I’ve always been one of those children who had their noses stuck in a book for the majority of the time they spent awake, and spent the rest of it wearing pink glasses with round lenses and being awkward. For some reason, I read less and less as I got older, and I’ve loved getting back to it recently. I discovered Hunted through a friend and thoroughly enjoyed reading it, though dystopian fiction isn’t usually my thing. Nevertheless, I enjoyed it so much that I decided to give it a review. Here goes.
Author: Robert Woods
Those that are dead are the lucky ones. Most of the Earth’s population has been wiped out. Those that were spared are doomed to go on living in an empty world full of memories and ghosts. Mark is one of those few, surviving in the forest on the edge of his hometown in crippling isolation. His existence is purposeless. He scavenges for what he can whilst doing everything to avoid the Hunters, deadly creatures that stalk through the ruins in search of prey. Then one day, Mark finds something on one of his journeys. Something he never imagined he could find. A child – completely helpless and destined to be the world’s next victim. Mark knows what he must do. He takes the child and raises him as his own. But in a world fraught with danger and with no hope of a future, he soon finds himself tortured by his decision. And it won’t be long before they face a new threat – one far more dangerous than Hunters – that will push that decision to its breaking point.
Firstly – huge thanks to Robert for giving me a copy of Hunted. If you fancy a post-apocalyptic page turner, this one’s for you. A stunning first novel with fantastic imagery, attention to detail and story-telling that got my pulse racing along with the characters.
Personally, the characters made this book for me. Each and every one had such depth to them, and the way they fit in with the post-apocalyptic landscape and with one another had clearly been well thought out. Mark is the protagonist of protagonists. Portrayed as a fatherly figure who looks out for Jake as if he were his own, he is the glue that holds the story together. He represents what it is to be fundamentally human, and this shines through particularly when juxtaposed against the desolate, quite literally dog-eat-dog world. Without giving too much away, Robert manages to add a chilling side to his character, which ironically teaches Jake valuable survival skills and helps him be a better father figure through a less than ideal childhood.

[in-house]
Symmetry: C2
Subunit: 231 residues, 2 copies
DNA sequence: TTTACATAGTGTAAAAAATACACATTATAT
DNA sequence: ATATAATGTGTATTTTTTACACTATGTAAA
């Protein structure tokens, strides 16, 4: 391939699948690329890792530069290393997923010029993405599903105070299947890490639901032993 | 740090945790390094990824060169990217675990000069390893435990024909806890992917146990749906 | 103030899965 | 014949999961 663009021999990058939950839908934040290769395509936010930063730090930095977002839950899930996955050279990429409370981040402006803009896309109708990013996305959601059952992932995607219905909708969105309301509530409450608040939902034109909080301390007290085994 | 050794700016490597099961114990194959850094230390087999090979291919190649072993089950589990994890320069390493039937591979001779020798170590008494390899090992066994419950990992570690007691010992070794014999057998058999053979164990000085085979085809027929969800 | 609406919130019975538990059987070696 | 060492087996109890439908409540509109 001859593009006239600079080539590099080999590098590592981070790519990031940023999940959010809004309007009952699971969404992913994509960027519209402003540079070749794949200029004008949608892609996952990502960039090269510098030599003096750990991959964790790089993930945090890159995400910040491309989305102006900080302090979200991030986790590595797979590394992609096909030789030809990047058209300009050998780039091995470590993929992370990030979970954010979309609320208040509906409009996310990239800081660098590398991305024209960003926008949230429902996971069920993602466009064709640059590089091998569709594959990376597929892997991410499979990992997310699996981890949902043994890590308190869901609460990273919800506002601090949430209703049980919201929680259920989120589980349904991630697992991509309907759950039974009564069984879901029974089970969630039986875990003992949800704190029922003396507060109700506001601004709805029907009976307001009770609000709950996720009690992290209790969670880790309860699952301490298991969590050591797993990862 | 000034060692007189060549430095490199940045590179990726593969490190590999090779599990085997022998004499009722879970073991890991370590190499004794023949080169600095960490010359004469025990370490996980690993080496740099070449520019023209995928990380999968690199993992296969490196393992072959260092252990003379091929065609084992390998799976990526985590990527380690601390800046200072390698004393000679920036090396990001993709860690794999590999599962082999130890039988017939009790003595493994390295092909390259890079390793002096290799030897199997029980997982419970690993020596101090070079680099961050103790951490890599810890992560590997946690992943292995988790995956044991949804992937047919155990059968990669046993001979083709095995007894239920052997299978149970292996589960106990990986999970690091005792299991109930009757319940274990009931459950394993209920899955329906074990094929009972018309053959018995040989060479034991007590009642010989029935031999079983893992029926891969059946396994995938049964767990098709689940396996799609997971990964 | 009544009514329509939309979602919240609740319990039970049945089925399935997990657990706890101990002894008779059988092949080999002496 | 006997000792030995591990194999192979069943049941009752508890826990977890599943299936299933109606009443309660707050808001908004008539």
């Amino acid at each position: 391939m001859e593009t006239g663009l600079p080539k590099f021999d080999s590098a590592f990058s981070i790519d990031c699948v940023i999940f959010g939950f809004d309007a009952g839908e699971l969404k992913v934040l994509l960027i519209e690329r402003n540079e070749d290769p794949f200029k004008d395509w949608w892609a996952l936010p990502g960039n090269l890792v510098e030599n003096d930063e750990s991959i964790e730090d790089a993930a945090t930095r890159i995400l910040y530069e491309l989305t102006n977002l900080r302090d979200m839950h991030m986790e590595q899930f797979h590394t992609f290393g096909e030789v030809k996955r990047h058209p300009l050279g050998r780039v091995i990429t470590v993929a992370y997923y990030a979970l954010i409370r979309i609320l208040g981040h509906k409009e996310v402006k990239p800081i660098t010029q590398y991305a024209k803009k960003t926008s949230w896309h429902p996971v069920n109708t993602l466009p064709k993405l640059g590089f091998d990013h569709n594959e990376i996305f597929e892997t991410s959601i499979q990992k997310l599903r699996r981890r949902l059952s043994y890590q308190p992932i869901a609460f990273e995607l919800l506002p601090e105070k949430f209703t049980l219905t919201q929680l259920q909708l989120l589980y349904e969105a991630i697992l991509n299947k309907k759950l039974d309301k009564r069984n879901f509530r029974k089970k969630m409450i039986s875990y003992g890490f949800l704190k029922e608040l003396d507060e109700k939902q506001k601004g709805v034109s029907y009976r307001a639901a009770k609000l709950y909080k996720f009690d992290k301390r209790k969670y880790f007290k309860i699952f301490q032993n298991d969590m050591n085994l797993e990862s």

Jake, on the other hand, would have been a more challenging character to write. A five year old child could easily have been written using all the cliches in the book, so to speak. But no. There was a real sense of maturing throughout the story, but every so often, Jake would revert to his childlike disposition in the moments that counted most. This gave a much more realistic and dare I say it – human feel to the story.
The primary antagonist was a thorough delight. I’m partial to a good villain, and this one was everything I could have asked for. Cold-blooded, psychotic, pure evil – I thoroughly enjoyed every scene. The fact that he was introduced fairly late into the book was effective and personally, heightened the impact dramatically.
What struck me most was the imagery Robert creates with his descriptive language. From the chase scenes through the mazes of narrow streets and abandoned houses to the more intimate moments, I felt as if I were right there with the characters. I found myself rooting for the protagonists, and appalled at the coldness of the antagonists. My heart raced throughout the more intense scenes, and I felt every pang of emotion the characters were experiencing. No spoilers, but the chase scene in chapter 3 is something else.
In terms of writing, Hunted is right up there. Robert uses an interesting technique where he switches perspectives and timing of events with every chapter. I thoroughly enjoyed this – it was done in a way that was easy to follow and added to the impact of the story rather than giving it a disjointed feel. It also drew my attention to details that seemed minor at the time, but would soon emerge to play a crucial role in later events. The language is of course, fantastic – descriptive and effective whilst being easy to read. The story was not at all predictable, and surprises were scattered throughout at just the right moments in the right doses. Would throughly recommend.
Robert Woods was born in the UK in 1996. He studied Aerospace Engineering at the University of Southampton for four years, a course which was partly taken due to his deep-rooted interest in science fiction, and has been a season ticket holder at Reading Football Club for the majority of his life. Throughout his childhood, Robert has harboured a passion for books and for writing fiction. This passion eventually amalgamated itself in the form of Hunted, which he wrote as his first novel during his third year at university.
Special thanks to Rob for giving me my own copy, and to Sydney for lending me hers in exchange for lots of garlic prawn pasta.
Disclaimer: This post is sponsored in the form of a gifting – all opinions are my own. All images used in this post have been photographed and edited exclusively for thenellybean by J, unless specified.